"Ultimate Machine For Trans-Continental Adventure"
Yamaha Motor Corp. USA held its press launch amid the beautiful desert canyons surrounding Sedona, Arizona. With an excellent mix of off-highway fire-roads, canyon twisties, and highway touring over the course of two days, it allowed us to get a decent feel for the Super Ténéré in the majority of elements the units sold in this country are likely to encounter.
As far as on-highway touring performance, the Yamaha is top-notch in that respect. Wind protection from the adjustable (requires tools, though) windscreen was decent, and the standard hand guards will surely help protect your fingers in colder climates (as will the optional heated hand grips available from Yamaha's accessory division). The seat was perfectly shaped and padded for the editorial derrière, with no issues whatsoever after hours of highway droning; it's also adjustable for height, with a good 25mm difference achieved just by switching the rubber brackets underneath (and an even lower and narrower accessory seat is available).
The Yamaha's dashboard provides...
The Yamaha's dashboard provides an extensive array of information, but in an easy-to-read format. The analog tachometer is framed by the warning lights on the left and an LCD panel on right.
The wide and upright tapered handlebar provides plenty of leverage, making steering effort in the canyons fairly light, especially considering the Super Ténéré's considerable heft - at 575 pounds with a full tank, the Yamaha is definitely on the heavy side, even for a large displacement streetbike (considerably heavier than even BMW's R1200GSA, a direct competitor that has an even larger fuel tank). The street handling and grip of the Bridgestone Battle Wing rubber was very good, with light and neutral steering characteristics in all cornering situations. That grip also helped the ABS system work well on the street, allowing you to shed off speed very aggressively if needed without causing excessive front end dive due to weight transfer. Vibes from the dual-counterbalanced engine were virtually non-existent, and judging by our mileage with the overdrive sixth gear and large 6.1-gallon fuel tank, we'd predict that 250 to 260 miles per tankful is easily within reach.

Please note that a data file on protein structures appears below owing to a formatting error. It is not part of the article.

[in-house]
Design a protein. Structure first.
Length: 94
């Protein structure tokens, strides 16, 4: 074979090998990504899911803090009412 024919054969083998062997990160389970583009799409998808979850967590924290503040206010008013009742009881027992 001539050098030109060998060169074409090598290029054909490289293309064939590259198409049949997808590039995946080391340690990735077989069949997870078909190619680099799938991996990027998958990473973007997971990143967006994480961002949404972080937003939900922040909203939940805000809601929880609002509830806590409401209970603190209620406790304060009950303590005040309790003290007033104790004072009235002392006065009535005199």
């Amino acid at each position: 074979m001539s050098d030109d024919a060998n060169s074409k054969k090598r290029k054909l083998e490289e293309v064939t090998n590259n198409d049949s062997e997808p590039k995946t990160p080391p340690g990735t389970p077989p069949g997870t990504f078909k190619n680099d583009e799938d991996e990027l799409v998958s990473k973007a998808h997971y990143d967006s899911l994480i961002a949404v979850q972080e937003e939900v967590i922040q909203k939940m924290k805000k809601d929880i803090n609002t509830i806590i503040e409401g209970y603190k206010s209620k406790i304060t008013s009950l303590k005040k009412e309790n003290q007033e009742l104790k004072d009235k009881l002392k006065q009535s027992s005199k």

Speaking of the engine, the parallel-twin powerplant has an incredibly flat torque curve, and with a 7750 rpm redline, shifting is more of an option than a requirement in the canyons. Acceleration is available anywhere in the powerband, although staying above 4000 rpm keeps the power pulses from overcoming the counterbalancers at larger throttle openings and being felt through the bars. Our only complaint is that the engine could use a little more top-end power; at only 110 horsepower or so at the rear wheel, there's not a lot of steam when you need to complete a highway pass, and if you're loaded down with cargo and/or a passenger, it makes downshifts a requirement. We used the Sport mode at all times on the pavement, as the lazy throttle response of the Touring mode was more of an annoyance than anything else.
Seat height is easily adjustable...
Seat height is easily adjustable between 33.3/34.4 inches by simply switching the rubber bracket position underneath the seat.
Dual side-mount radiators...
Dual side-mount radiators allow the Super Ténéré's engine to be mounted as far forward as possible for better handling.
Again befitting its more serious...
Again befitting its more serious off-road intentions, the Super Ténéré is equipped with a 19-inch front wheel. Twin 310mm wave discs and monobloc calipers provide excellent stopping power.
The lack of top-end power really isn't an issue off-road; the flat torque curve and tractable nature of the 270-degree crankshaft make traversing rough terrain easier and keep things from quickly getting out of hand with a 575-pound machine. On the traction control's level TCS1, some wheelspin is allowed to keep everything stable, but not much more; on level TCS2, there's a lot less intervention, and the traction control will let you hang the rear end out quite a bit under power. On most of the rocky and gravelly hard-pack fire roads we encountered, TCS2 seemed to work best, although if the weather turned ugly, we might opt for maximum traction control.
Probably the biggest issue with the Super Ténéré (other than its heft) is the non-switchable ABS. While the advantages of ABS on less-than-perfect pavement with a less-than-expert rider are indisputable, once the road ends and the ground turns to dirt, the ability to lock up the wheels (at the least the rear wheel) is actually desirable in many instances. Other adventure-tour machines with ABS such as the BMW and Ducati allow you to shut off the system, but that isn't the case with the Super Ténéré (well, there is an unauthorized method to shut it off, but we figure those who are serious about off-roading the Yamaha can easily find it by searching on the internet).